Opinion

Quo Vadis, Hyderabad?

Whatever happens, the Dakhni in their souls will unite the people of this city

Bakthiar K. Dadabhoy

OUTLOOK The Weekly Newsmagazine, December 28, 2009

Union home minister P. Chidambaram’s declaration on the midnight of December 9 that the Centre would initiate the process of forming the state of Telangana seems to have thrown most Hyderabadis into a severe identity crisis. The last major upheaval relating to Telangana was in 1969. Forty years on, Hyderabad finds itself caught once more in the political crossfire. In the case of Telangana, it has not been ethnicity but socio-economic deprivation resulting from political exclusion that has powered the sinews of the demand for a separate state. Language and culture are no longer a focal point of identity in the dynamics of federalism. It is economics which determines the new federal politics. Telangana and Andhra speak the same language but their economic interests are diametrically opposed. In fact, the latter accuses coastal Andhra of exploiting its resources.

There was a feeling (which still persists) that people from outside (read Andhra) were carpetbaggers and not stakeholders in Hyderabad. In part, this feeling can be explained by the fact that the feudal culture of Hyderabad was unable to deal with the entrepreneurial spirit of the people from Andhra. Their aggression and drive proved more than a bellyful for the laidback Hyderabadis. Anyone who has lived in Hyderabad will testify that ‘parsaun’, which in the Hindi heartland means ‘the day after tomorrow’ can stretch from a week to never. To live by such lexical precision is to create avoidable tension, and ever since I moved to Secunderabad, I have tried to liberate myself from the tyranny of the calendar and the clock in such matters.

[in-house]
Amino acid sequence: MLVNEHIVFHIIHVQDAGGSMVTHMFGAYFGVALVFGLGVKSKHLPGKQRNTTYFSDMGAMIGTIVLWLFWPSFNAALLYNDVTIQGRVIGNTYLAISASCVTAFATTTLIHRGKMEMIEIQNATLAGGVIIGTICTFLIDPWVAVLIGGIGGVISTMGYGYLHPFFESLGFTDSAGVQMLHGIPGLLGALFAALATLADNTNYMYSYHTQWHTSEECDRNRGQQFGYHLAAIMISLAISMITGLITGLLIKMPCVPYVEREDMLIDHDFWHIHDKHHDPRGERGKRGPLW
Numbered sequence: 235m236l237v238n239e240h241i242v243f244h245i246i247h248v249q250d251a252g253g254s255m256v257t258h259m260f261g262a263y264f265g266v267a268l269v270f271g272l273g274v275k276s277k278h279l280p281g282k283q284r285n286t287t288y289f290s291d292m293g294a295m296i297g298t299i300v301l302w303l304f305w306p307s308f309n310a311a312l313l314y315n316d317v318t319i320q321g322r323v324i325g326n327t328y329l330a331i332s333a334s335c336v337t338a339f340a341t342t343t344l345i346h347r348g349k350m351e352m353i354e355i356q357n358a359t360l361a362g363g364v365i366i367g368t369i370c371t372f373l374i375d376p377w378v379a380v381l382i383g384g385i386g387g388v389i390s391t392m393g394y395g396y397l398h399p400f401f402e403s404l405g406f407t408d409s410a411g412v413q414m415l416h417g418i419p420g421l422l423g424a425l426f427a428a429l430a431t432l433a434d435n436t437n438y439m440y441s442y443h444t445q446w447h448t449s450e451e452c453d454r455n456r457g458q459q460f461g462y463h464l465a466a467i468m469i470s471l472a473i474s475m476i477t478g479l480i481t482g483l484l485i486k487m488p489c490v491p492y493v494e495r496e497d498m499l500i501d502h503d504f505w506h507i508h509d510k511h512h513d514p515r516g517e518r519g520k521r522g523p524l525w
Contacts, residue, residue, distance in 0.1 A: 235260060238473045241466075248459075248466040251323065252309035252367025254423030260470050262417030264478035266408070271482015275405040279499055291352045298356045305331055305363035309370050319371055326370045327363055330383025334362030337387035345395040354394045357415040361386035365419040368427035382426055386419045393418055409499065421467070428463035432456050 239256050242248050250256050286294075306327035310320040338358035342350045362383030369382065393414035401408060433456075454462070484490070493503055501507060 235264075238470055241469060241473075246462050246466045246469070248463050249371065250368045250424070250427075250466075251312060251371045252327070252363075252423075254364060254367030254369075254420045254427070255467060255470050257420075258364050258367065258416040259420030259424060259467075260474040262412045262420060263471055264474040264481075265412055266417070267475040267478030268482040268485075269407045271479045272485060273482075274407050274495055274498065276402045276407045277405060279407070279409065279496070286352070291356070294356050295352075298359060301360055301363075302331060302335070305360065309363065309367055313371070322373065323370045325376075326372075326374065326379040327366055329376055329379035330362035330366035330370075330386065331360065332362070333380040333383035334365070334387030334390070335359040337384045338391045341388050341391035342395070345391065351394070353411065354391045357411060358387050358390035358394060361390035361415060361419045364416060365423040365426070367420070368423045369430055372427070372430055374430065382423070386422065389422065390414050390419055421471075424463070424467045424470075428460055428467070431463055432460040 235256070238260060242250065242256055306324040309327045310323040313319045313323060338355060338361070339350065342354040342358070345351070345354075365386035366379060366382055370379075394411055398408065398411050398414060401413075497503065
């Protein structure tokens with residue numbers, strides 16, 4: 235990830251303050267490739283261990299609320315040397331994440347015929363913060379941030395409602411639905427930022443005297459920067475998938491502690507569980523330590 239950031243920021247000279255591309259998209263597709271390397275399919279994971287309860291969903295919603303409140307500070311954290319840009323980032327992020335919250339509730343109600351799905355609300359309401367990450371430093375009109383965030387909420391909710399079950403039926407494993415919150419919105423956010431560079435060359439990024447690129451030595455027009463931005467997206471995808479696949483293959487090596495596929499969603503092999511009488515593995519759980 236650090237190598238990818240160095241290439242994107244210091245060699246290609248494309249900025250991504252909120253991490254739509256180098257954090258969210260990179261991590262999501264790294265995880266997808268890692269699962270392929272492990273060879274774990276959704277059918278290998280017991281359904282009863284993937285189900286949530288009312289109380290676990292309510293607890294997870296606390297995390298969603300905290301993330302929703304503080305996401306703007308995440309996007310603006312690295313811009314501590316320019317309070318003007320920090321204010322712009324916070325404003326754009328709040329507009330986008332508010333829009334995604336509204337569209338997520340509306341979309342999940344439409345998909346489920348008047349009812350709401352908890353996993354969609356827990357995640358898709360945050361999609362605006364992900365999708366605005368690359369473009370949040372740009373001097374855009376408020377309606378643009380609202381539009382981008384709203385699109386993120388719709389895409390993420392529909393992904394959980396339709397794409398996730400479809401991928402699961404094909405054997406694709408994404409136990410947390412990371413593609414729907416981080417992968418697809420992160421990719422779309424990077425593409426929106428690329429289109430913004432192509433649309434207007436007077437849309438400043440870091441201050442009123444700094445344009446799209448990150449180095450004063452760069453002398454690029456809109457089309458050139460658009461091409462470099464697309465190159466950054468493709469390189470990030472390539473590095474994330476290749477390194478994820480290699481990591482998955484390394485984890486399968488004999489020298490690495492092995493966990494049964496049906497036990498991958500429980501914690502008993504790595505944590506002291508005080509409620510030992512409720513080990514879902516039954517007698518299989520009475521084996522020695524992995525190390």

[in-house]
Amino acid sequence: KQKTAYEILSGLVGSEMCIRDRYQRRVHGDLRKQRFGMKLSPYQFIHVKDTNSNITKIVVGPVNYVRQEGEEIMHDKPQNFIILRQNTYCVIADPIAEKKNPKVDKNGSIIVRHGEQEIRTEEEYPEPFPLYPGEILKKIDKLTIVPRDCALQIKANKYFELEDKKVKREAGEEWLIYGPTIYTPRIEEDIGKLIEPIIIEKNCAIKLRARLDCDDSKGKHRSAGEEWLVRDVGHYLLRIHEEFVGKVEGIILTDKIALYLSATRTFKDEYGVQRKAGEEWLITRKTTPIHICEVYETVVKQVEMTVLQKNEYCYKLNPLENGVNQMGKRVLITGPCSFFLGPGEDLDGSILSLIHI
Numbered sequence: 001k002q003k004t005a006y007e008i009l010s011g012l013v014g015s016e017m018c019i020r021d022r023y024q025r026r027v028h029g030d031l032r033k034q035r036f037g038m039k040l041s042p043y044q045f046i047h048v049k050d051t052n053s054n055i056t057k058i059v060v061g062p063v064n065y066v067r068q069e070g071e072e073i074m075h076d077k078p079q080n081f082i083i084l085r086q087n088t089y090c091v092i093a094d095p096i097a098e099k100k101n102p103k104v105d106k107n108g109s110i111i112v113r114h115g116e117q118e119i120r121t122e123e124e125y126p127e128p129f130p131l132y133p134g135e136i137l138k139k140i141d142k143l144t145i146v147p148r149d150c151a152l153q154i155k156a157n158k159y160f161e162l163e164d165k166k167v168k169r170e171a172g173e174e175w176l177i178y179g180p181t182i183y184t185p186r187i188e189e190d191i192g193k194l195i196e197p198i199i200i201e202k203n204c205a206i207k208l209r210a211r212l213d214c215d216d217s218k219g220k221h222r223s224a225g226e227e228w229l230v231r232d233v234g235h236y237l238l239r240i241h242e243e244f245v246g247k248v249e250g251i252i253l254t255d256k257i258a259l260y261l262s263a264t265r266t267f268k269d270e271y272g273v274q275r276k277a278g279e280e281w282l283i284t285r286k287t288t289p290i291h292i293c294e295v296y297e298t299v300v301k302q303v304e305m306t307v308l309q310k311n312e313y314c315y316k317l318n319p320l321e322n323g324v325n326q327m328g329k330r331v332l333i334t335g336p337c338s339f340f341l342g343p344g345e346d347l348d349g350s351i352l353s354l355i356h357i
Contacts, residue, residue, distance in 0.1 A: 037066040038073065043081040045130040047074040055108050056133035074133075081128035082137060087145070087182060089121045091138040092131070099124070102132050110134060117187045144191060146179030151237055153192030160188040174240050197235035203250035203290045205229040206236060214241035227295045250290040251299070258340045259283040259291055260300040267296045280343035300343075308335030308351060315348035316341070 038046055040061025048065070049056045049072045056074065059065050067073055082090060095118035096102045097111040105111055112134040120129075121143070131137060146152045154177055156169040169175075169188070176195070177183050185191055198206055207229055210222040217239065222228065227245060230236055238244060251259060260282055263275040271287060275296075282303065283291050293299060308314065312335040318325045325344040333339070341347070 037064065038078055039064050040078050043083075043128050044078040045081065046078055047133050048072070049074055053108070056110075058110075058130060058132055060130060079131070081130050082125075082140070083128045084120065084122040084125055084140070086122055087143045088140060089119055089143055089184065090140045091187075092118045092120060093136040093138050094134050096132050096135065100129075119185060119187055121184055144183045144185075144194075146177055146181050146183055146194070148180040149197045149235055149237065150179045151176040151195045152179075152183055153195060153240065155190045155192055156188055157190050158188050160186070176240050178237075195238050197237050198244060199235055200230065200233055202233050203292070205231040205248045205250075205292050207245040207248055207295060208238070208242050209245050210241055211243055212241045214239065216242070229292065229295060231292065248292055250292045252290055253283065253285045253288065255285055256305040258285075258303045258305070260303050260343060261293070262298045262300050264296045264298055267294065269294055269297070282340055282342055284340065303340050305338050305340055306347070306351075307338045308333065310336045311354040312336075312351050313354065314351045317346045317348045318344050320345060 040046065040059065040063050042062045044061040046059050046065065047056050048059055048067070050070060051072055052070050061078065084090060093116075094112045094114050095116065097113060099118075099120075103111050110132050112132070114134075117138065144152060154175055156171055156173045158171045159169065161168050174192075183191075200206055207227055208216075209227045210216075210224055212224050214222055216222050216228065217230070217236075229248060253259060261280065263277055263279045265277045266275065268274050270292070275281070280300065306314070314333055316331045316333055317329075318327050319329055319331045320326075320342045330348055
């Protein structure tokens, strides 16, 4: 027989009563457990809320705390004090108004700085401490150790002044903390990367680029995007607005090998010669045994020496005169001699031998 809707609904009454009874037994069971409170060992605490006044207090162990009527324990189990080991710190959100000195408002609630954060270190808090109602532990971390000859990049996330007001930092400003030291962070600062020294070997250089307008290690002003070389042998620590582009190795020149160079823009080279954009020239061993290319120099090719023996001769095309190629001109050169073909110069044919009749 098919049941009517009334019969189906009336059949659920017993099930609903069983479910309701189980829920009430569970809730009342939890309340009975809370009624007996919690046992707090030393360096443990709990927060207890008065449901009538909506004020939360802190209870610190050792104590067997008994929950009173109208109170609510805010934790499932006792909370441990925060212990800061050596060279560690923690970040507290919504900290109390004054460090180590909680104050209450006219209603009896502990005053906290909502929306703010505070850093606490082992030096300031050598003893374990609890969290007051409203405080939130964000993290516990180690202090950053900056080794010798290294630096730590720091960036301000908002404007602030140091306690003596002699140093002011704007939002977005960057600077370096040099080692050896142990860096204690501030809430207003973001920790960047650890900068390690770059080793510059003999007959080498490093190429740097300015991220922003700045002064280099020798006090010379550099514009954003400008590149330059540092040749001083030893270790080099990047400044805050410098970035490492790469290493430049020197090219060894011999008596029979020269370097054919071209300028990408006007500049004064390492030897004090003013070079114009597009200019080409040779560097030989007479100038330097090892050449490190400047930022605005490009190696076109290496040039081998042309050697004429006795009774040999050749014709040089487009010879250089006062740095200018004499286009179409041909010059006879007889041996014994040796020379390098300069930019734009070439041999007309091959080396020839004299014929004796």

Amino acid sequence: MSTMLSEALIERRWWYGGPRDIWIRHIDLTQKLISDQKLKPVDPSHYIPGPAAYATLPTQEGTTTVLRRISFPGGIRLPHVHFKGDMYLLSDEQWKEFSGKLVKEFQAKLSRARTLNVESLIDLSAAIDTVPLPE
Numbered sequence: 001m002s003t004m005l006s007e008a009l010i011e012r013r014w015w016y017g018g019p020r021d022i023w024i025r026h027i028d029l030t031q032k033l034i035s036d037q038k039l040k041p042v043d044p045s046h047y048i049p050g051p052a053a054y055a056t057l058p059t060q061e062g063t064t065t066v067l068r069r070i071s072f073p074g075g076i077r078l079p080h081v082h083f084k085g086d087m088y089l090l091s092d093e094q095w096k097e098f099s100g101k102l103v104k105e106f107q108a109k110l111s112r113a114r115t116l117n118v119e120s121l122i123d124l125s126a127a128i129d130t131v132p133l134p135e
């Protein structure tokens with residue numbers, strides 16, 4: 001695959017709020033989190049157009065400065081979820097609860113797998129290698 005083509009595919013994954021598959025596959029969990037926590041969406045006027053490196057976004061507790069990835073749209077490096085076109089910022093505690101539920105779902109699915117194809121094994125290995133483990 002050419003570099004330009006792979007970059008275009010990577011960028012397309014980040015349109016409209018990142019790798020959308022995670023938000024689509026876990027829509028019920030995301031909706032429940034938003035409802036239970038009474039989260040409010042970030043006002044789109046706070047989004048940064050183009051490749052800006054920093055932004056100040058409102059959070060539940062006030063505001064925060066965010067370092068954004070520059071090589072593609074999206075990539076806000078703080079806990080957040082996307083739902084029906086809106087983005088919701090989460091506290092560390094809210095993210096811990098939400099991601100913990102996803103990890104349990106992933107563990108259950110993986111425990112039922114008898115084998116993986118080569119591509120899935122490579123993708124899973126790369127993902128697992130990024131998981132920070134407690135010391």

Hyderabad has been the meeting place of many different cultures and traditions. It has over the years developed its own distinctive ‘Ganga-Jamuna’ culture. Hyderabad is a cosmopolitan city: people never identify themselves by their religion but only as Hyderabadis. Dussehra, Diwali or Sankranti are all meant to be enjoyed, whether one is Hindu or not. And Id brings celebrations not for a single community but for the entire city. Faith is a personal matter and what unites one is the sense of belonging to Hyderabad. (Old-timers say all this is a thing of the past, but I believe such pessimism is unwarranted).

Language is not a problem. The unique lingua franca, Dakhni, one of the most identifiable markers of Hyderabad, is a delicious blend of Hindi, Urdu and Telugu, with a lacing of old Marathi. The plural character of the city dates back to its founder, Quli Qutb Shah, who was also a Telugu scholar. Geographically too, it is inclusive: the twin cities, Hyderabad and Secunderabad, do not exhibit the cleavage in environment that divides, say, South Mumbai and the suburbs, or the Calcuttan whose life is confined south of Park Street. And now there is also Cyberabad, as the 400-year-old city constantly reinvents itself. (మరింత…)

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